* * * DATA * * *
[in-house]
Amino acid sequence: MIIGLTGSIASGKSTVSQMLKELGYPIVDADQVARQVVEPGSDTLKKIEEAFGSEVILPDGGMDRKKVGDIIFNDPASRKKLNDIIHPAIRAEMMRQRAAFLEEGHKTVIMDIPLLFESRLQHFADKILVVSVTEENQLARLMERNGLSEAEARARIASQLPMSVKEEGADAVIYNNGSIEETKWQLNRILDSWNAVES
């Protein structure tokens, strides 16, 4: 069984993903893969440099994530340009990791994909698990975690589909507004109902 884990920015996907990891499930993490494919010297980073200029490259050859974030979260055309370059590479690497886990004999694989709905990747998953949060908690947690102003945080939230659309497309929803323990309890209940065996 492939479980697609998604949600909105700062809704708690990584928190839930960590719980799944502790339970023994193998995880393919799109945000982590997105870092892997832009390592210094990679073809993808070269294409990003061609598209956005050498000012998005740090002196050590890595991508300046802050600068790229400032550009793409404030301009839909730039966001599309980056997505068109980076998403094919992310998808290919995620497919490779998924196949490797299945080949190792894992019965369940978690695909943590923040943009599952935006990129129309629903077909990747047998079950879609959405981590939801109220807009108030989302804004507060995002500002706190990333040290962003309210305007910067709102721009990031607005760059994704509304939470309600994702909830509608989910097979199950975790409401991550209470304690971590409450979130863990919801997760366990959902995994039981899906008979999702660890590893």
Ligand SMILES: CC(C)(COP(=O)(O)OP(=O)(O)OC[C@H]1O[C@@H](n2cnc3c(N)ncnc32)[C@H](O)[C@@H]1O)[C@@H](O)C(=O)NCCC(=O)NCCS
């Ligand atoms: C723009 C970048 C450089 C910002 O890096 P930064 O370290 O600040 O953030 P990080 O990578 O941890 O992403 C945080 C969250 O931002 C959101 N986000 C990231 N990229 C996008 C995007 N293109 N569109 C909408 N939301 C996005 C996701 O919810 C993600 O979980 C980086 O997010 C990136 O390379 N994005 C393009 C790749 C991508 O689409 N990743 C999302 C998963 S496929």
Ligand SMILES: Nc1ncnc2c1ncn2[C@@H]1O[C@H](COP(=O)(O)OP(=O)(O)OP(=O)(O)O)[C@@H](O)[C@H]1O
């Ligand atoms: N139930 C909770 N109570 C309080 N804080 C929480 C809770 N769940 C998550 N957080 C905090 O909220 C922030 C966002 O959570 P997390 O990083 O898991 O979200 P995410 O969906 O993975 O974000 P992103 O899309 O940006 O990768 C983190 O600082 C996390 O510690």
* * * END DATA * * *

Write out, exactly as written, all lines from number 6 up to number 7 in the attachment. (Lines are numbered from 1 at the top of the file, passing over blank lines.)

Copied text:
Ligand SMILES: Nc1ncnc2c1ncn2[C@@H]1O[C@H](COP(=O)(O)OP(=O)(O)OP(=O)(O)O)[C@@H](O)[C@H]1O
């Ligand atoms: N139930 C909770 N109570 C309080 N804080 C929480 C809770 N769940 C998550 N957080 C905090 O909220 C922030 C966002 O959570 P997390 O990083 O898991 O979200 P995410 O969906 O993975 O974000 P992103 O899309 O940006 O990768 C983190 O600082 C996390 O510690």